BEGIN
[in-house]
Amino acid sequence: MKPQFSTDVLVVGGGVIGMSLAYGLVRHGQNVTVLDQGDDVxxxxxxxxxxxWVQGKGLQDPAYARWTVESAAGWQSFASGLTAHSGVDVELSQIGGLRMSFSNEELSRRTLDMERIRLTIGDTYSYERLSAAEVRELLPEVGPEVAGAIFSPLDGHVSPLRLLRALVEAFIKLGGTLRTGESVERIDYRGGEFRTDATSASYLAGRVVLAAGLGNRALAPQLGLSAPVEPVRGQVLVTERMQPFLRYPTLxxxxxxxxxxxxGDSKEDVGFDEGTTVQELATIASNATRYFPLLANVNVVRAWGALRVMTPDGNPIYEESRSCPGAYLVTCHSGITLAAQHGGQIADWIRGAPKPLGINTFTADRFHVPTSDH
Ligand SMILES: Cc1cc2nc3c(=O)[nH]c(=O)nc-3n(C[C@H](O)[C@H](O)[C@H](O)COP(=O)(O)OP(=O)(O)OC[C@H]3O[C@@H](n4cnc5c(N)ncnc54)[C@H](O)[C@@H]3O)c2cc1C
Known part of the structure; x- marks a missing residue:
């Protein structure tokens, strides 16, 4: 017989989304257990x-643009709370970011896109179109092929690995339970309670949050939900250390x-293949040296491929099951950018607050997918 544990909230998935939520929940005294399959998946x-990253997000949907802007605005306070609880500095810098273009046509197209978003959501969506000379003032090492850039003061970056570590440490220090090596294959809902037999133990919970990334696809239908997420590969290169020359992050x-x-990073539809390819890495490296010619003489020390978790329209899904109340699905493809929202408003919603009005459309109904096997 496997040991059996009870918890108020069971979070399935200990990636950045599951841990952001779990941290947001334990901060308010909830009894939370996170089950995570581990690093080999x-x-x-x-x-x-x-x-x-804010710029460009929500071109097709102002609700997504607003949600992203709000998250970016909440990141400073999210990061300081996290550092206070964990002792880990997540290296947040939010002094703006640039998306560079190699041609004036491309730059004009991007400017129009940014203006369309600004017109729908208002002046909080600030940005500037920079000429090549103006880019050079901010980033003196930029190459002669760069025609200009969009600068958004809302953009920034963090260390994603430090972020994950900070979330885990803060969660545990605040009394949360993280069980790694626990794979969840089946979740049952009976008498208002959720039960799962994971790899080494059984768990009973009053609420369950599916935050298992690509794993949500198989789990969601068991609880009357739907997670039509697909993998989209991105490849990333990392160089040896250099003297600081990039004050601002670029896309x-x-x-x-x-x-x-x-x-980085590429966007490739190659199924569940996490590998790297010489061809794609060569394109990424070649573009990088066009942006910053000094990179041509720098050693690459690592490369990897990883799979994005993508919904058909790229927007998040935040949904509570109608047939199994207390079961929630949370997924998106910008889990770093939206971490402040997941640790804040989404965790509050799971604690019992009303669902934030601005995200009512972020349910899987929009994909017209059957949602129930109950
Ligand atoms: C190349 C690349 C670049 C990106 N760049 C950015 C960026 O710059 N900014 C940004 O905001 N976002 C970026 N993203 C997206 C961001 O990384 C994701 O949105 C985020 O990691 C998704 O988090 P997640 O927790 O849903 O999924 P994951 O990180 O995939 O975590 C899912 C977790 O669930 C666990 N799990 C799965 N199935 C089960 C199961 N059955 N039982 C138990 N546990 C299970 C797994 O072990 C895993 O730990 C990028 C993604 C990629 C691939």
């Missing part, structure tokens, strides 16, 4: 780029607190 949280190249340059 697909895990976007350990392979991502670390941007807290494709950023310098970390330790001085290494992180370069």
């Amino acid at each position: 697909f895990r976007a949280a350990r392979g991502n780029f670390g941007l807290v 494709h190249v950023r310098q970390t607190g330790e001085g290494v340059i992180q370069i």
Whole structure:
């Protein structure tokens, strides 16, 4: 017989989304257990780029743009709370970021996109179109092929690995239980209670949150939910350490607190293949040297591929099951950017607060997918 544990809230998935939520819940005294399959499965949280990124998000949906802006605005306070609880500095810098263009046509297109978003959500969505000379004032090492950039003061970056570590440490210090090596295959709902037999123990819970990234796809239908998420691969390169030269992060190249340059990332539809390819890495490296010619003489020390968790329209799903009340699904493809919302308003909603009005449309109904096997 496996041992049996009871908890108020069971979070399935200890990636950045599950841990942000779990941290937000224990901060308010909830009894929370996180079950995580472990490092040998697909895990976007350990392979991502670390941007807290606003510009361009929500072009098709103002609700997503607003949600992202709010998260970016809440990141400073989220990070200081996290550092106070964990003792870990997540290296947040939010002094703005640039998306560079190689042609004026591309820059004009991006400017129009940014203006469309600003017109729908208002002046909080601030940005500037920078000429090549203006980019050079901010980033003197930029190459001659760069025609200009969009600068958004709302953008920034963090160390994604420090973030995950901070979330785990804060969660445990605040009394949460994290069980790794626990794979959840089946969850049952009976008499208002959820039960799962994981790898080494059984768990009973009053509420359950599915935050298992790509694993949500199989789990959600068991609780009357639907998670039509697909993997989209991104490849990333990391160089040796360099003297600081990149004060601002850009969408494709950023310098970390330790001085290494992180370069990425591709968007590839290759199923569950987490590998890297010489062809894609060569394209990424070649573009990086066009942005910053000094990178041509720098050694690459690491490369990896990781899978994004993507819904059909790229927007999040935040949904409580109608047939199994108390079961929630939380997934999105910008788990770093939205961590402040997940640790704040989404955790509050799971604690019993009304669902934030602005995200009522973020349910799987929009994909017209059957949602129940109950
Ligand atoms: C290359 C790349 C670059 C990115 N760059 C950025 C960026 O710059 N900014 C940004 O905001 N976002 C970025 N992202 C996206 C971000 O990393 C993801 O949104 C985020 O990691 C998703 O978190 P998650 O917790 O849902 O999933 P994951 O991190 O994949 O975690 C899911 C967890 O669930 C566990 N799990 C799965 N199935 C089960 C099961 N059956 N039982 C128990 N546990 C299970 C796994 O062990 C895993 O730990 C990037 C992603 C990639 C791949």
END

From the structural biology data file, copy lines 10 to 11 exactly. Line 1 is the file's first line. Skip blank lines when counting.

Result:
């Protein structure tokens, strides 16, 4: 017989989304257990780029743009709370970021996109179109092929690995239980209670949150939910350490607190293949040297591929099951950017607060997918 544990809230998935939520819940005294399959499965949280990124998000949906802006605005306070609880500095810098263009046509297109978003959500969505000379004032090492950039003061970056570590440490210090090596295959709902037999123990819970990234796809239908998420691969390169030269992060190249340059990332539809390819890495490296010619003489020390968790329209799903009340699904493809919302308003909603009005449309109904096997 496996041992049996009871908890108020069971979070399935200890990636950045599950841990942000779990941290937000224990901060308010909830009894929370996180079950995580472990490092040998697909895990976007350990392979991502670390941007807290606003510009361009929500072009098709103002609700997503607003949600992202709010998260970016809440990141400073989220990070200081996290550092106070964990003792870990997540290296947040939010002094703005640039998306560079190689042609004026591309820059004009991006400017129009940014203006469309600003017109729908208002002046909080601030940005500037920078000429090549203006980019050079901010980033003197930029190459001659760069025609200009969009600068958004709302953008920034963090160390994604420090973030995950901070979330785990804060969660445990605040009394949460994290069980790794626990794979959840089946969850049952009976008499208002959820039960799962994981790898080494059984768990009973009053509420359950599915935050298992790509694993949500199989789990959600068991609780009357639907998670039509697909993997989209991104490849990333990391160089040796360099003297600081990149004060601002850009969408494709950023310098970390330790001085290494992180370069990425591709968007590839290759199923569950987490590998890297010489062809894609060569394209990424070649573009990086066009942005910053000094990178041509720098050694690459690491490369990896990781899978994004993507819904059909790229927007999040935040949904409580109608047939199994108390079961929630939380997934999105910008788990770093939205961590402040997940640790704040989404955790509050799971604690019993009304669902934030602005995200009522973020349910799987929009994909017209059957949602129940109950
Ligand atoms: C290359 C790349 C670059 C990115 N760059 C950025 C960026 O710059 N900014 C940004 O905001 N976002 C970025 N992202 C996206 C971000 O990393 C993801 O949104 C985020 O990691 C998703 O978190 P998650 O917790 O849902 O999933 P994951 O991190 O994949 O975690 C899911 C967890 O669930 C566990 N799990 C799965 N199935 C089960 C099961 N059956 N039982 C128990 N546990 C299970 C796994 O062990 C895993 O730990 C990037 C992603 C990639 C791949």